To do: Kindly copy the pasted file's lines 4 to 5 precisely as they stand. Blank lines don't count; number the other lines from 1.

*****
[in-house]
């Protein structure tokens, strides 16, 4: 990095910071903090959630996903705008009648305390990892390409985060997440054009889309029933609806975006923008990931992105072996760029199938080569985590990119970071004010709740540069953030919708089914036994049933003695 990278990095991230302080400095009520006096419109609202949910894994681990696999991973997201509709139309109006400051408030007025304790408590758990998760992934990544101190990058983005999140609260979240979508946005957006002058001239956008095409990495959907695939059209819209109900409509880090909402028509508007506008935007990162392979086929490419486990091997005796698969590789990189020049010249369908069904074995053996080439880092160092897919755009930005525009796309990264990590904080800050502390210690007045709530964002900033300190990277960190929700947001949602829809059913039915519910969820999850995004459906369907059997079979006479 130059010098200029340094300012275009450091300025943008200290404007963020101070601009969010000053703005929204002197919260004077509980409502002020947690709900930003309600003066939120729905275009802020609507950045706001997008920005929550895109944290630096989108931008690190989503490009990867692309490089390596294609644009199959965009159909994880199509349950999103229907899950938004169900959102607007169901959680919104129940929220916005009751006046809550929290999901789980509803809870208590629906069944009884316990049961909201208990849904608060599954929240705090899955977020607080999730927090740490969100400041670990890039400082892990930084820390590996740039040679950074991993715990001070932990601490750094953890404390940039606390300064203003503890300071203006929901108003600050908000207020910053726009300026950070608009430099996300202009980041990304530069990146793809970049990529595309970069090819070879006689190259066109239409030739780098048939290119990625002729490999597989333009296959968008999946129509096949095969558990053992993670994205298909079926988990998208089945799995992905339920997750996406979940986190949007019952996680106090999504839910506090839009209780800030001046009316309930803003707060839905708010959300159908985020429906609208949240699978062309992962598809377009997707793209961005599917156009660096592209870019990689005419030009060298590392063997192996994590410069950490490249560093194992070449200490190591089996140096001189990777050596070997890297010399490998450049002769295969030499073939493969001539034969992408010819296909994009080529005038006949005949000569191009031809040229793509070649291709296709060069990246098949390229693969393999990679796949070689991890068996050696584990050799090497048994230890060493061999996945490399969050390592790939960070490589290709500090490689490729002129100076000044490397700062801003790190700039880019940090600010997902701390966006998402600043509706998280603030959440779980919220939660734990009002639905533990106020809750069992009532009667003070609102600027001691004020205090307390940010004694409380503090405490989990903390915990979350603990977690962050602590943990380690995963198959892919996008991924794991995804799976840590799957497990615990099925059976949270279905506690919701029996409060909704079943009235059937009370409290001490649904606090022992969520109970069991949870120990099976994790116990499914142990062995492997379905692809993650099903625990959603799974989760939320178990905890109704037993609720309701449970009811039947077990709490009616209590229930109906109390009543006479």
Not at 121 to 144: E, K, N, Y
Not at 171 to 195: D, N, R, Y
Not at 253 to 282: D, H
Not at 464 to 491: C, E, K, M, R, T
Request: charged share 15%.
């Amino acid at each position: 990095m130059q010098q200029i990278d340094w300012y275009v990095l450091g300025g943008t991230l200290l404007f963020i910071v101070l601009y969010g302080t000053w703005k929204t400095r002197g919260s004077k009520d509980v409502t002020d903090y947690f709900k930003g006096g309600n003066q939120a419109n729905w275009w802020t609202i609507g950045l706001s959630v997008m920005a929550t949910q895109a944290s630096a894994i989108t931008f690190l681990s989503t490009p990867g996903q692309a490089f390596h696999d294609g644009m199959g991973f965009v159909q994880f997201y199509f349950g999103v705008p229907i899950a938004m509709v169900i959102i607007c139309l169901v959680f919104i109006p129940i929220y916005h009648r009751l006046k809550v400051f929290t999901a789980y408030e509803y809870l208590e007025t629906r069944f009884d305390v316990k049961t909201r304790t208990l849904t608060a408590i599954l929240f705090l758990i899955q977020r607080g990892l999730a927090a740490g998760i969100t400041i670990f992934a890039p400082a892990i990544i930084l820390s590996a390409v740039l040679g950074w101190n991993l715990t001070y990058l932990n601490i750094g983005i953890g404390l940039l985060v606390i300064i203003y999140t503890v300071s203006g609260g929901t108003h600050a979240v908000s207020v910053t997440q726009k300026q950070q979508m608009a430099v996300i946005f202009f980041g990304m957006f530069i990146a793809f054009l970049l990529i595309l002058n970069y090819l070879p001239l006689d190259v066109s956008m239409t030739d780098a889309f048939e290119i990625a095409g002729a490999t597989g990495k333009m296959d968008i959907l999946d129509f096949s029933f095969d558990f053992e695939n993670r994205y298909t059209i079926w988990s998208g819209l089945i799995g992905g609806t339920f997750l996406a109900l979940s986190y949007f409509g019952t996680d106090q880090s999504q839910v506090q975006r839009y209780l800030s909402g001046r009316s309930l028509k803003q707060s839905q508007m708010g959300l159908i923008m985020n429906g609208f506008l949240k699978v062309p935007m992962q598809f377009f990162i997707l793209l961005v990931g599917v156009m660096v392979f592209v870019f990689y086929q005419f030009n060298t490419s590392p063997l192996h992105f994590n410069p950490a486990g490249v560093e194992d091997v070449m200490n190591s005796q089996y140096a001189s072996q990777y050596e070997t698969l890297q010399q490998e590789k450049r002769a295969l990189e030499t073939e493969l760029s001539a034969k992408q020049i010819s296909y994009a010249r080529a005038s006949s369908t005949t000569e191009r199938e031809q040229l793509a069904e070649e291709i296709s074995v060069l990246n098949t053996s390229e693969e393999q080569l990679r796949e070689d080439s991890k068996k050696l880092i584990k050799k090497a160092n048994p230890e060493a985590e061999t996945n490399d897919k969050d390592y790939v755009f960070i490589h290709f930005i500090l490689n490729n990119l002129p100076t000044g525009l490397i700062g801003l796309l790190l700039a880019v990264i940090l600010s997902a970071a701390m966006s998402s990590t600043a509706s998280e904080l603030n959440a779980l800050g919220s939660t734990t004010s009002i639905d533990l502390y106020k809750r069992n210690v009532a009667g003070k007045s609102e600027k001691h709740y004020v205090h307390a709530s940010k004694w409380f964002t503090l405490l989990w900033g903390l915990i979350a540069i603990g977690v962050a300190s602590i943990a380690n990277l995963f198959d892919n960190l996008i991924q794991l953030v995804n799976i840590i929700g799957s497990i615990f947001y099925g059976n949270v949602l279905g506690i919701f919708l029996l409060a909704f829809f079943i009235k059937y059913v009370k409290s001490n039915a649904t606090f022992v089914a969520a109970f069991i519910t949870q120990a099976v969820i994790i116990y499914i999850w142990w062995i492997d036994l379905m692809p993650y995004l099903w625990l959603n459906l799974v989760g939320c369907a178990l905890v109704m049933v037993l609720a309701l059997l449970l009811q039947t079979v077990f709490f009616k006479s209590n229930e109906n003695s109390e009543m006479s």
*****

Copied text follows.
Not at 171 to 195: D, N, R, Y
Not at 253 to 282: D, H